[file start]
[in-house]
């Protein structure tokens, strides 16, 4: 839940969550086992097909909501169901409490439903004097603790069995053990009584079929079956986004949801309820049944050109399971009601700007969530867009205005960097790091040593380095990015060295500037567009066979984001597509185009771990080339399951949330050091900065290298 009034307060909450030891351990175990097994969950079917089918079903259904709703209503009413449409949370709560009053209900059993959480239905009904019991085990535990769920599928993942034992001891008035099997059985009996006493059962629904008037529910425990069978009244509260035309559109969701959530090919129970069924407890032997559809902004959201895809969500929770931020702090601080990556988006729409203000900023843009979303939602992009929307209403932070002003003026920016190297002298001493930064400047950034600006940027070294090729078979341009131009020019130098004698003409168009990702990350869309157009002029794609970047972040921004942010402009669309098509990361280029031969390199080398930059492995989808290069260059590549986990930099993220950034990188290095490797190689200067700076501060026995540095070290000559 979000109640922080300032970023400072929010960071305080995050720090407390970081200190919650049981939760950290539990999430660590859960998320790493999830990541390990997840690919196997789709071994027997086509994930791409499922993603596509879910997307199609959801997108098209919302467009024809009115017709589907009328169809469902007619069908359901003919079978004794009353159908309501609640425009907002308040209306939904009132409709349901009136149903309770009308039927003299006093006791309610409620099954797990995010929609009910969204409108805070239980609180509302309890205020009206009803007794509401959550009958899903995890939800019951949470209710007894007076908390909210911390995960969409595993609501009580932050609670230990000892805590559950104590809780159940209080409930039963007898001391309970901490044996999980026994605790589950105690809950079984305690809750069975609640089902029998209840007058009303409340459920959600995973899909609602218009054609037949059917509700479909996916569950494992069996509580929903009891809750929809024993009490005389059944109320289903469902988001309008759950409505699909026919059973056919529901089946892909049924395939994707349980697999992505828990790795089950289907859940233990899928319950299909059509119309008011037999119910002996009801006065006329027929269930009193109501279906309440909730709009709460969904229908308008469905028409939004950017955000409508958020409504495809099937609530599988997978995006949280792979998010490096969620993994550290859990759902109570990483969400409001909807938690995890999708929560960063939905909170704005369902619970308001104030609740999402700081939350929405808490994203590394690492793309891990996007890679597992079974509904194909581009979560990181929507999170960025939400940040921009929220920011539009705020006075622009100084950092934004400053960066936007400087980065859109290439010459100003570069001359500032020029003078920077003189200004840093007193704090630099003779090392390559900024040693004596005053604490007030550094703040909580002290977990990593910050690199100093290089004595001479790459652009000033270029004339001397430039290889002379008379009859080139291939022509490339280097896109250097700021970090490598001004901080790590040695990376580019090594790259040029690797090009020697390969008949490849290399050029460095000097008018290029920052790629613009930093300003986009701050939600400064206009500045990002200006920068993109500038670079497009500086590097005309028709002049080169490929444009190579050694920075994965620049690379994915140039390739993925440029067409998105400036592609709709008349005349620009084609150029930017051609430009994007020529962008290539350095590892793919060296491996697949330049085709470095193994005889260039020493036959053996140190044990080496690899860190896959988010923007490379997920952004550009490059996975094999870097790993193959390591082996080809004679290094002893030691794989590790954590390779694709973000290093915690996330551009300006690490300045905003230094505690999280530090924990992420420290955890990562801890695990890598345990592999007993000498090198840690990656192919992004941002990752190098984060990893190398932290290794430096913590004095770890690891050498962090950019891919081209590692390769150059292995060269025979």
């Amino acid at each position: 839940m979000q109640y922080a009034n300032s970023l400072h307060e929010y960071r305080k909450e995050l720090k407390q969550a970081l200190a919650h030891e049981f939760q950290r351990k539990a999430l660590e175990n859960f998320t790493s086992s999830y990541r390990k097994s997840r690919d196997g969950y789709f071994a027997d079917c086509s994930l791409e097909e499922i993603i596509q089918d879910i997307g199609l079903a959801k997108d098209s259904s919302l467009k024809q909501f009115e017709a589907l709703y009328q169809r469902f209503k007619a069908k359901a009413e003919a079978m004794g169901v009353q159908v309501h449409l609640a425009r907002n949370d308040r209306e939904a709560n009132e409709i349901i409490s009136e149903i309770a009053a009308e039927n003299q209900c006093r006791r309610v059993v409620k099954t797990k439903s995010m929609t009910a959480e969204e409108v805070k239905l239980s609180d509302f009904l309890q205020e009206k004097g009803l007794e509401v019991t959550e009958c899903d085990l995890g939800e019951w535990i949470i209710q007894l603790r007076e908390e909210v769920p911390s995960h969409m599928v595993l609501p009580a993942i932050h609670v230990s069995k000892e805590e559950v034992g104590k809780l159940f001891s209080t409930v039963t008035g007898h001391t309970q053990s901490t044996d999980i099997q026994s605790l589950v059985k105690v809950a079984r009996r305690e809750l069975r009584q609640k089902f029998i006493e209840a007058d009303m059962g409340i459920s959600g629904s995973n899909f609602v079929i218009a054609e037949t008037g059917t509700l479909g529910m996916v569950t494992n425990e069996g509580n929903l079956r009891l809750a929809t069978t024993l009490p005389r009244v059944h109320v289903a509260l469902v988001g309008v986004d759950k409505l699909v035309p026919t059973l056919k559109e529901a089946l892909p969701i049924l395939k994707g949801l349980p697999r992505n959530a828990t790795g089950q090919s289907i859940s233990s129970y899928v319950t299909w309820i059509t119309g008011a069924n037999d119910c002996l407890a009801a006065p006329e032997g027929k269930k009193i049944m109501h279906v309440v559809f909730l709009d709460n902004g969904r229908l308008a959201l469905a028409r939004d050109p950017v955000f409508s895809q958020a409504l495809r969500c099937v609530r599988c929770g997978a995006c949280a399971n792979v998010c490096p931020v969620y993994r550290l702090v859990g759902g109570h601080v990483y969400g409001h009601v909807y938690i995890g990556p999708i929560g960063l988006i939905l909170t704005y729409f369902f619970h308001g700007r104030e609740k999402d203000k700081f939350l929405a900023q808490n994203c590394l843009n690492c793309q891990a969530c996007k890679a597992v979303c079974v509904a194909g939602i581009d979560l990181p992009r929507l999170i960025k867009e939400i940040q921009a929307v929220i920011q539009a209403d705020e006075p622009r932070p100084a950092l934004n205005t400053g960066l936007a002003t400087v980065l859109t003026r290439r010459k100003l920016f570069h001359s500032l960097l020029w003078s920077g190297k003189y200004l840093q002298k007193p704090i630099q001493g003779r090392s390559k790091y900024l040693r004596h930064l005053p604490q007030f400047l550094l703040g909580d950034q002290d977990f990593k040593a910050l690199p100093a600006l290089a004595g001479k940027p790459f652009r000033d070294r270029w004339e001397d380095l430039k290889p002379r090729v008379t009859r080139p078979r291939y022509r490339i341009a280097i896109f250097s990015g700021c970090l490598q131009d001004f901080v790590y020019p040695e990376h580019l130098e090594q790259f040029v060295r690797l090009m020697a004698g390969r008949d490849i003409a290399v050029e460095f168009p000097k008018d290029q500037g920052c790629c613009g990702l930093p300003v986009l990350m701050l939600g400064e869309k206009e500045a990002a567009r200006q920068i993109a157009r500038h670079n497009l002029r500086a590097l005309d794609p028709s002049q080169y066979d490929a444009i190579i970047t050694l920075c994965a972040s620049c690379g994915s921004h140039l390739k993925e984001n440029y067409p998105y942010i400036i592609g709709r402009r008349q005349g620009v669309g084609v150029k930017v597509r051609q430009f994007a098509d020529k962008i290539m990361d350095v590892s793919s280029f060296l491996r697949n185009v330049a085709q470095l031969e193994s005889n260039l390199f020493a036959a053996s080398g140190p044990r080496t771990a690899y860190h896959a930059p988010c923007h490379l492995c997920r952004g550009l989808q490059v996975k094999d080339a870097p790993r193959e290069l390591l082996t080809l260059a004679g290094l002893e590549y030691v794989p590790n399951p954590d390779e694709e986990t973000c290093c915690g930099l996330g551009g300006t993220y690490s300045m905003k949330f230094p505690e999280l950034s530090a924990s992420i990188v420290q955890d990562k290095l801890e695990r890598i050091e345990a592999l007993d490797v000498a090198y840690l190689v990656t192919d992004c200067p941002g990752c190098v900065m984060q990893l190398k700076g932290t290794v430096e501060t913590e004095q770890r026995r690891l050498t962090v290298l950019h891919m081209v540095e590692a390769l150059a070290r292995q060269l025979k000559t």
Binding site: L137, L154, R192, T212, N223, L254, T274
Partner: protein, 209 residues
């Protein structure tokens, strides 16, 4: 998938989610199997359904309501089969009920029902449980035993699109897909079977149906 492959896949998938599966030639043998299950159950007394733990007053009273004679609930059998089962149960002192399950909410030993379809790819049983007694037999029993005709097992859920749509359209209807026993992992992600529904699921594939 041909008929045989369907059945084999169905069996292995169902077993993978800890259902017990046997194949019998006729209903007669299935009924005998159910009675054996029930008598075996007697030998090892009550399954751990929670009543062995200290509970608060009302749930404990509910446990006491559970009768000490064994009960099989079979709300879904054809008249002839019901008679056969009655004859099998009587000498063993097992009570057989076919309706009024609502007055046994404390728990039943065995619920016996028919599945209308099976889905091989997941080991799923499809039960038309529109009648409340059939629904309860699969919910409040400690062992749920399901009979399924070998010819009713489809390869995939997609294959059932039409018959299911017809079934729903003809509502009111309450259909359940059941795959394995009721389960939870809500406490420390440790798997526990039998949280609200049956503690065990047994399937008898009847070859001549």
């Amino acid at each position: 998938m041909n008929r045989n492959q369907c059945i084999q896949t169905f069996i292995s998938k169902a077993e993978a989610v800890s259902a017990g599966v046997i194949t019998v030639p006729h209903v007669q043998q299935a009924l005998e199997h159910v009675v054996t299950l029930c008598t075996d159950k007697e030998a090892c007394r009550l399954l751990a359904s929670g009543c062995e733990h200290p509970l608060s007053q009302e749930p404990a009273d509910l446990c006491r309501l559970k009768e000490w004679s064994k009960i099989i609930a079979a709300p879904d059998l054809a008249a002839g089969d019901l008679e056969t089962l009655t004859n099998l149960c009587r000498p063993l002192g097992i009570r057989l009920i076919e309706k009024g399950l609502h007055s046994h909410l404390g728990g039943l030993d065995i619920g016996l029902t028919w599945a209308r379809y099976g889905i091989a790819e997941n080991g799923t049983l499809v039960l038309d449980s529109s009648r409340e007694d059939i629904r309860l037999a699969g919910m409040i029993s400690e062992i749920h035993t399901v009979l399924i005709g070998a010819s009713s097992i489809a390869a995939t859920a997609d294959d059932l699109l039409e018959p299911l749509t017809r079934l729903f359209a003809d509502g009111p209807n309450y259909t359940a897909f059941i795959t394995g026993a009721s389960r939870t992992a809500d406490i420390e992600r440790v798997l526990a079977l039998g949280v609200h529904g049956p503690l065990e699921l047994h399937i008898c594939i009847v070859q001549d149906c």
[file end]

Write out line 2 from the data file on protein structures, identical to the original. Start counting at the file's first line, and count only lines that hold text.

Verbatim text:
């Protein structure tokens, strides 16, 4: 839940969550086992097909909501169901409490439903004097603790069995053990009584079929079956986004949801309820049944050109399971009601700007969530867009205005960097790091040593380095990015060295500037567009066979984001597509185009771990080339399951949330050091900065290298 009034307060909450030891351990175990097994969950079917089918079903259904709703209503009413449409949370709560009053209900059993959480239905009904019991085990535990769920599928993942034992001891008035099997059985009996006493059962629904008037529910425990069978009244509260035309559109969701959530090919129970069924407890032997559809902004959201895809969500929770931020702090601080990556988006729409203000900023843009979303939602992009929307209403932070002003003026920016190297002298001493930064400047950034600006940027070294090729078979341009131009020019130098004698003409168009990702990350869309157009002029794609970047972040921004942010402009669309098509990361280029031969390199080398930059492995989808290069260059590549986990930099993220950034990188290095490797190689200067700076501060026995540095070290000559 979000109640922080300032970023400072929010960071305080995050720090407390970081200190919650049981939760950290539990999430660590859960998320790493999830990541390990997840690919196997789709071994027997086509994930791409499922993603596509879910997307199609959801997108098209919302467009024809009115017709589907009328169809469902007619069908359901003919079978004794009353159908309501609640425009907002308040209306939904009132409709349901009136149903309770009308039927003299006093006791309610409620099954797990995010929609009910969204409108805070239980609180509302309890205020009206009803007794509401959550009958899903995890939800019951949470209710007894007076908390909210911390995960969409595993609501009580932050609670230990000892805590559950104590809780159940209080409930039963007898001391309970901490044996999980026994605790589950105690809950079984305690809750069975609640089902029998209840007058009303409340459920959600995973899909609602218009054609037949059917509700479909996916569950494992069996509580929903009891809750929809024993009490005389059944109320289903469902988001309008759950409505699909026919059973056919529901089946892909049924395939994707349980697999992505828990790795089950289907859940233990899928319950299909059509119309008011037999119910002996009801006065006329027929269930009193109501279906309440909730709009709460969904229908308008469905028409939004950017955000409508958020409504495809099937609530599988997978995006949280792979998010490096969620993994550290859990759902109570990483969400409001909807938690995890999708929560960063939905909170704005369902619970308001104030609740999402700081939350929405808490994203590394690492793309891990996007890679597992079974509904194909581009979560990181929507999170960025939400940040921009929220920011539009705020006075622009100084950092934004400053960066936007400087980065859109290439010459100003570069001359500032020029003078920077003189200004840093007193704090630099003779090392390559900024040693004596005053604490007030550094703040909580002290977990990593910050690199100093290089004595001479790459652009000033270029004339001397430039290889002379008379009859080139291939022509490339280097896109250097700021970090490598001004901080790590040695990376580019090594790259040029690797090009020697390969008949490849290399050029460095000097008018290029920052790629613009930093300003986009701050939600400064206009500045990002200006920068993109500038670079497009500086590097005309028709002049080169490929444009190579050694920075994965620049690379994915140039390739993925440029067409998105400036592609709709008349005349620009084609150029930017051609430009994007020529962008290539350095590892793919060296491996697949330049085709470095193994005889260039020493036959053996140190044990080496690899860190896959988010923007490379997920952004550009490059996975094999870097790993193959390591082996080809004679290094002893030691794989590790954590390779694709973000290093915690996330551009300006690490300045905003230094505690999280530090924990992420420290955890990562801890695990890598345990592999007993000498090198840690990656192919992004941002990752190098984060990893190398932290290794430096913590004095770890690891050498962090950019891919081209590692390769150059292995060269025979």